|CELEBRATION PLANNED FOR RARE, HISTORIC GROSH LETTERS MADE PUBLIC IN NEW NEVADA BOOK|
Two bright, educated men from Philadelphia headed west in 1849 to discover their fortunes before there was such a thing as the Comstock Lode. Leaving behind letters that chronicled their victories and heartbreaks, Ethan and Hosea Grosh ventured into Nevada’s Gold Canyon, finding silver and tragedy around the corner.
The Grosh brothers’ thoughtful and eloquent writings, acquired by the Nevada Historical Society in 2007, are now available in “The Gold Rush Letters of E. Allen Grosh and Hosea B. Grosh,” in a new book edited by Ronald M. James and Robert E. Stewart. James is the long-time Nevada state historic preservation officer and Stewart is a Nevada historian. Together they have published nearly a dozen books on the West. To commemorate the historic publication, the Nevada Historical Society has planned a day of celebration Saturday, Oct. 13 from 10 a.m. to 5 p.m. Publication of the book was made possible with funds from Nevada Humanities in collaboration with the University of Nevada Press, which is also cosponsoring the Historical Society event.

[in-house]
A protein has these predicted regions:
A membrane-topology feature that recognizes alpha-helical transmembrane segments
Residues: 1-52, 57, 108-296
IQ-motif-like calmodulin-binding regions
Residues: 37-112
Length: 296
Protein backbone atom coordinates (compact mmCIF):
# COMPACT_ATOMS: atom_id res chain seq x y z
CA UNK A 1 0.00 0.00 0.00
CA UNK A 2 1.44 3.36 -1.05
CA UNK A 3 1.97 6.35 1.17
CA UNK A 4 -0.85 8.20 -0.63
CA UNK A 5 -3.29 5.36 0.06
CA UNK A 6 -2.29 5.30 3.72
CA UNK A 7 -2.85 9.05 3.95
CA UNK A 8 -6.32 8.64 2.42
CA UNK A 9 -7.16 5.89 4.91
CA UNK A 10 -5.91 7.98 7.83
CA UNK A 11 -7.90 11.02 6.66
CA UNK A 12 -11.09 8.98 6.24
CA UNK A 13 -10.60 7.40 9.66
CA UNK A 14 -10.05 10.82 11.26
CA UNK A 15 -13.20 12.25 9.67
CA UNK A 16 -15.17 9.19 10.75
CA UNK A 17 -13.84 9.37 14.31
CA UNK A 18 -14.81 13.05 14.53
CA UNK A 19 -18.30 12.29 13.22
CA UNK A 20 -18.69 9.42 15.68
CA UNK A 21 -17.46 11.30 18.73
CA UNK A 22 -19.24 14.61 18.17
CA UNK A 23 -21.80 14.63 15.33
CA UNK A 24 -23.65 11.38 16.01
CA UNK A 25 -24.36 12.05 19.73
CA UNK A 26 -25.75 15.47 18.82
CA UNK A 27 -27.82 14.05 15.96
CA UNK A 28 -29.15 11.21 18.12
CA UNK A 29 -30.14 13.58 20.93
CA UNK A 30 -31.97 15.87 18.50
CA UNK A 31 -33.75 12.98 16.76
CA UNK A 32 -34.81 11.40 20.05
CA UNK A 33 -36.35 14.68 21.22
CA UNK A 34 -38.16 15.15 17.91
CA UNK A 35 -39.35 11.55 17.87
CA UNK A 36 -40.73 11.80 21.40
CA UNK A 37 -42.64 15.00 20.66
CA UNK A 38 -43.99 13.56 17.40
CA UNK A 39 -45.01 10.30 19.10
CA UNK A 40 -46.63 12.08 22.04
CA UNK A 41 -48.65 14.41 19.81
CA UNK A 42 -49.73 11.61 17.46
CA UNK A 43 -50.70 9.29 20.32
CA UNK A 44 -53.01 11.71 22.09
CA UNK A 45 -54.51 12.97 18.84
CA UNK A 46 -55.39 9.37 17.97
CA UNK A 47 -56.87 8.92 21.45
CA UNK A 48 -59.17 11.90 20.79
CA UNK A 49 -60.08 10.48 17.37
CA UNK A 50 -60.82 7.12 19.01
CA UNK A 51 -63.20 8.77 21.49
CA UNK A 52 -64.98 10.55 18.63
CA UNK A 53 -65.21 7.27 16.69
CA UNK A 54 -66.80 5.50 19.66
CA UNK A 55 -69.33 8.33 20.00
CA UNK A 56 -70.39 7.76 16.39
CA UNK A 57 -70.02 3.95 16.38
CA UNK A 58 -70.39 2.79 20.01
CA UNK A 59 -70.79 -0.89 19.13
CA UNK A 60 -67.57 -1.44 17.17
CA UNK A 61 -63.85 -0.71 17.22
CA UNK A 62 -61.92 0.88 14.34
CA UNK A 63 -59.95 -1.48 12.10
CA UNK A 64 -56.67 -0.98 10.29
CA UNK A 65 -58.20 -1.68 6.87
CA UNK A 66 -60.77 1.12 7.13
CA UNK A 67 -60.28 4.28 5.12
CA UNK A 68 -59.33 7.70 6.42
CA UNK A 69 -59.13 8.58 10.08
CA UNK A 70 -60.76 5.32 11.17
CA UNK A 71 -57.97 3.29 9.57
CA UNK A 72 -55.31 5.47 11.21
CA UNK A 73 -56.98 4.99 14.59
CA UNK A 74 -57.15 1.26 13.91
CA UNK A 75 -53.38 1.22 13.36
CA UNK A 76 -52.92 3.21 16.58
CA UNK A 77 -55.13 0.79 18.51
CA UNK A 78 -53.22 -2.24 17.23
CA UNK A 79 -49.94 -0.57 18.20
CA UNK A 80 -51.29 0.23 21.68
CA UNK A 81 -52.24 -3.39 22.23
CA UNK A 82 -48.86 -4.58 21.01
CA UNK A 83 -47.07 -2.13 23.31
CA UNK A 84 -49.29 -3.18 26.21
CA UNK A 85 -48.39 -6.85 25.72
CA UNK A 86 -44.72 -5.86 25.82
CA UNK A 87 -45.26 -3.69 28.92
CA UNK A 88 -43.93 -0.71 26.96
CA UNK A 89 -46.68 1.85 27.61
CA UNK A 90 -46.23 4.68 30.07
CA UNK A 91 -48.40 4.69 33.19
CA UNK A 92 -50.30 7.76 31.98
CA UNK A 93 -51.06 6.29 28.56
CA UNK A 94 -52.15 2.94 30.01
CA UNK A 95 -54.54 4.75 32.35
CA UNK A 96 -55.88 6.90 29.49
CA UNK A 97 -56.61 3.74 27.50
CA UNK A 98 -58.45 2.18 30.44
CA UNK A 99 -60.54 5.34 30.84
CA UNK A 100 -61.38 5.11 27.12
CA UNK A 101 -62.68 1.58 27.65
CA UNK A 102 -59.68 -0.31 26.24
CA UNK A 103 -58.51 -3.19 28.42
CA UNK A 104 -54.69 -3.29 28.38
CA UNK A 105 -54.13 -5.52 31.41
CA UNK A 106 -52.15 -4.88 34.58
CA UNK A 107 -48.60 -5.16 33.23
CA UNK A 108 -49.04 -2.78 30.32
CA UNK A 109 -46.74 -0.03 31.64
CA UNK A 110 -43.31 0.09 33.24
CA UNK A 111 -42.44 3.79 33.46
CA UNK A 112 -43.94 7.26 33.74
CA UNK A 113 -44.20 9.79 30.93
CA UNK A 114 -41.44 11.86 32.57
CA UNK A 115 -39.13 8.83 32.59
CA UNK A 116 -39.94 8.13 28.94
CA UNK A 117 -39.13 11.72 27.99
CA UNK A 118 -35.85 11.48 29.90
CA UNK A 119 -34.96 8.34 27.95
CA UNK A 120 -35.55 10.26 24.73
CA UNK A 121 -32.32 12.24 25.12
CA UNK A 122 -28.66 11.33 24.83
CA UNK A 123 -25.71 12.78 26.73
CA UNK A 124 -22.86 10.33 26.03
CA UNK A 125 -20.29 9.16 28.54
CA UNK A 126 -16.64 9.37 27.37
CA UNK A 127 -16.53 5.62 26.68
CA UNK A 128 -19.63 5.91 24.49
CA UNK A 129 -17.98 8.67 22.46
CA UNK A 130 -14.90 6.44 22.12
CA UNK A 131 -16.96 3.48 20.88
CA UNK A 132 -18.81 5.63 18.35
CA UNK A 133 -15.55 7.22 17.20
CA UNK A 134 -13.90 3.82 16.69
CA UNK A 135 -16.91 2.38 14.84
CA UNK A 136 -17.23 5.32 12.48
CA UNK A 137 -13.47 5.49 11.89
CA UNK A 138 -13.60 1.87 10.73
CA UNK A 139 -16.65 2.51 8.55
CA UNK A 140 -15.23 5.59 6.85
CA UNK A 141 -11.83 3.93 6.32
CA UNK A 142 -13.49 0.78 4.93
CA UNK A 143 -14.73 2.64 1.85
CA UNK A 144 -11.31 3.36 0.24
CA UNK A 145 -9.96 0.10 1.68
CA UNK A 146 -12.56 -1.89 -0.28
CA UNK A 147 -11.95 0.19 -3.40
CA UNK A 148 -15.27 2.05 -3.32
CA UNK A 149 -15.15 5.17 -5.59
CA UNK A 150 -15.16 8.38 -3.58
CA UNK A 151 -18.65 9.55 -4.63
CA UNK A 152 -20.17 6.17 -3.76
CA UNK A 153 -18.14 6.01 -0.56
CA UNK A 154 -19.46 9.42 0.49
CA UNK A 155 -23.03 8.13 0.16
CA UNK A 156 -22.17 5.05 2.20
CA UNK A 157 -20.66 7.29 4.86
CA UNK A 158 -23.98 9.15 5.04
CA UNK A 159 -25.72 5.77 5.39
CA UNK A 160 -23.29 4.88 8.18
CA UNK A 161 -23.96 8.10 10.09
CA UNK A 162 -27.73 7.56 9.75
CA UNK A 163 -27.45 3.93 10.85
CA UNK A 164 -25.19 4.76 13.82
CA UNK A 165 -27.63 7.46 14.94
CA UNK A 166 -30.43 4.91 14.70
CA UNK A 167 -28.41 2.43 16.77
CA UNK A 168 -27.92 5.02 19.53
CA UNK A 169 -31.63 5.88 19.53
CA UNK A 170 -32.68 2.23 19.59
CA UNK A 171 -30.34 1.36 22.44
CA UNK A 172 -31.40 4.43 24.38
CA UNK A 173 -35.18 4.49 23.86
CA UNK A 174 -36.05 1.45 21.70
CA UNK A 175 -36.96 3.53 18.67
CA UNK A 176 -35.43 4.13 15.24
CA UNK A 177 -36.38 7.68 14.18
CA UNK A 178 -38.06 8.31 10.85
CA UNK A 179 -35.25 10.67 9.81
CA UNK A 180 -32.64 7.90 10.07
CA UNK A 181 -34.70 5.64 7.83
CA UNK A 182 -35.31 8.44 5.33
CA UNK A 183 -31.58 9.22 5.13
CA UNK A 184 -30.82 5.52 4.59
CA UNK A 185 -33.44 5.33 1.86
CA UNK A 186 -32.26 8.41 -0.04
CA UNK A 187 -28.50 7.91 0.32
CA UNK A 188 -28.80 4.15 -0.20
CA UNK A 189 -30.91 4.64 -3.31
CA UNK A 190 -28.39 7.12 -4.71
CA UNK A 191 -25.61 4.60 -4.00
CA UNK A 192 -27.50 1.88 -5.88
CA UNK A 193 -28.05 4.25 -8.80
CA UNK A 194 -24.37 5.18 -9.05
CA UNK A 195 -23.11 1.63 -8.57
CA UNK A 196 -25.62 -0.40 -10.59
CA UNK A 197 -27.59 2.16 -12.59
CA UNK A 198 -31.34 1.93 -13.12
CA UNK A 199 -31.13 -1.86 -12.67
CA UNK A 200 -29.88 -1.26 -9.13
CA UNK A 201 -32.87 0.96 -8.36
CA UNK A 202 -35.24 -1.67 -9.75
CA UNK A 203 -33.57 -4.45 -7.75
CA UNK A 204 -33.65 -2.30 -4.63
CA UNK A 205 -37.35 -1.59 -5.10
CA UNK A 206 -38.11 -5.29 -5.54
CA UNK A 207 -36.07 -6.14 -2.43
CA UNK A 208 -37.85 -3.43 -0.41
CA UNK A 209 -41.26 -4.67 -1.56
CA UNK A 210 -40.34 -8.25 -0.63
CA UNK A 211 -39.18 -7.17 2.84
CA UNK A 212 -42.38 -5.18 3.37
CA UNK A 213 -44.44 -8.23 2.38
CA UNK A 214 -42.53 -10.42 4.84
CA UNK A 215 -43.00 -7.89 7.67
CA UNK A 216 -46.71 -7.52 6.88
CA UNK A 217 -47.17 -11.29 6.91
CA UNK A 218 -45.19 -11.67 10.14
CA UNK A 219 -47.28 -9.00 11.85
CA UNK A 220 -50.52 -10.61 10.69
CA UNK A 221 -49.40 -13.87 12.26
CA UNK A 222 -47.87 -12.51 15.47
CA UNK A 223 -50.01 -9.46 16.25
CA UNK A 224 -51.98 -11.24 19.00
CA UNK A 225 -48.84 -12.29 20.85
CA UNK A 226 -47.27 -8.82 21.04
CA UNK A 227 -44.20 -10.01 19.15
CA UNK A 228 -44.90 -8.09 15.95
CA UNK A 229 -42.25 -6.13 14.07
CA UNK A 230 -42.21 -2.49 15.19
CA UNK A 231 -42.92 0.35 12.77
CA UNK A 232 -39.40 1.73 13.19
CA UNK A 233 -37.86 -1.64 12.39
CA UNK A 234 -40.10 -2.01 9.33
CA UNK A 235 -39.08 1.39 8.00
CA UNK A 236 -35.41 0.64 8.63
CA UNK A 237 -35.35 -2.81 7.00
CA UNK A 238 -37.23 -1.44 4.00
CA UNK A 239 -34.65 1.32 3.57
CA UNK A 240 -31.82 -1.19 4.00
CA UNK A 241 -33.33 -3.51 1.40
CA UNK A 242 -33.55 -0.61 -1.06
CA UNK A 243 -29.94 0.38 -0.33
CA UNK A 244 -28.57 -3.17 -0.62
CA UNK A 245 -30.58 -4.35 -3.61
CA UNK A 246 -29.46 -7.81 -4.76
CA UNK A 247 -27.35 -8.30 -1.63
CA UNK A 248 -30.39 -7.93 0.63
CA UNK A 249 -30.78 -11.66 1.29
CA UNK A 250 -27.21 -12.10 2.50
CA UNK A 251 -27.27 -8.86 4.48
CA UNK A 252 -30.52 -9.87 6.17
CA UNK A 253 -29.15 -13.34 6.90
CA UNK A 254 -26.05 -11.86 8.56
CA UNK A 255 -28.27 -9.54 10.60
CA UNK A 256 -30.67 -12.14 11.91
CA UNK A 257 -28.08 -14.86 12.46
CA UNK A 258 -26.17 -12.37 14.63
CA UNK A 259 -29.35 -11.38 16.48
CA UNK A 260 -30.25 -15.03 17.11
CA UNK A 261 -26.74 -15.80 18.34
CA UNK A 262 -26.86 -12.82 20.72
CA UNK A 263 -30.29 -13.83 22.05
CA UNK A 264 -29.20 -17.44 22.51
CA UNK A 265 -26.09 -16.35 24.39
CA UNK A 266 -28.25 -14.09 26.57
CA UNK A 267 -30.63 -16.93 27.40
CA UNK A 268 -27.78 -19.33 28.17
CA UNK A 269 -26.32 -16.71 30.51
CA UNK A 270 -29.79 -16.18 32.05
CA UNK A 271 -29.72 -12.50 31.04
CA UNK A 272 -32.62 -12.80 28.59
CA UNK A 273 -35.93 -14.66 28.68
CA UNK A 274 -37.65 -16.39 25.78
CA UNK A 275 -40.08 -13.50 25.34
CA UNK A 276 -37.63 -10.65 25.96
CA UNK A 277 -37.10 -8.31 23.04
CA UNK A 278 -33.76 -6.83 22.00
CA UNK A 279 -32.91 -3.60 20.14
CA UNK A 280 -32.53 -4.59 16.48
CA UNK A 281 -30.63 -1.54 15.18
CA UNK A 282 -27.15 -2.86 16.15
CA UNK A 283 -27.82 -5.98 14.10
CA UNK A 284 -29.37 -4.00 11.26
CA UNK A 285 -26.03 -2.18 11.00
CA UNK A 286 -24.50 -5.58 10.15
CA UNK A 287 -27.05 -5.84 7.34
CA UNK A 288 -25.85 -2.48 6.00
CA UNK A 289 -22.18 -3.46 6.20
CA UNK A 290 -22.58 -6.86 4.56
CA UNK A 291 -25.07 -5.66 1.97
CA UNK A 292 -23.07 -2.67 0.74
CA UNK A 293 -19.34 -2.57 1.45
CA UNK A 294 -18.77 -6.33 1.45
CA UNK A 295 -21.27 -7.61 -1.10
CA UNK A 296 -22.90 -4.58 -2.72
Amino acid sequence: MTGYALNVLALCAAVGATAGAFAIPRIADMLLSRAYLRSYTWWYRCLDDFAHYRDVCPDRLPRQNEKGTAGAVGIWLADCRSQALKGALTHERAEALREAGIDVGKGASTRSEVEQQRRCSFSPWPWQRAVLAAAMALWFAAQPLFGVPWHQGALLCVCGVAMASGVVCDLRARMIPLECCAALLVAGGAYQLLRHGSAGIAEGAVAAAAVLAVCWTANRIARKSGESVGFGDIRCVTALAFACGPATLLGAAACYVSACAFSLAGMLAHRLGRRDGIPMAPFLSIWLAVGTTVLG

James and Stewart will talk at 2 p.m. about the unique project that gives a first-hand view of life in both San Francisco and Nevada’s Great Basin including the politics of slavery, the frustration of mining and the search for wealth that drew them deep into the mountains, eventually into what is now Nevada.
Though the letters show they were filled with optimism and enthusiasm, the pair would meet an early and tragic end in 1857, paying the price for exploration in the harsh terrain of the Great Basin. The book describes the region’s history via the recovered letters, disintegrating and scorched by fire, nearly illegible but preserved as evidence for family lawsuits to share in the wealth.
“The letters are an important record of Nevada’s early history,” said NHS Director Shery Hayes Zorn. “We acquired these letters back in 2007, but now the book has made it possible for everyone to see and learn about the brothers’ story. We had to have a big community celebration to mark the occasion.”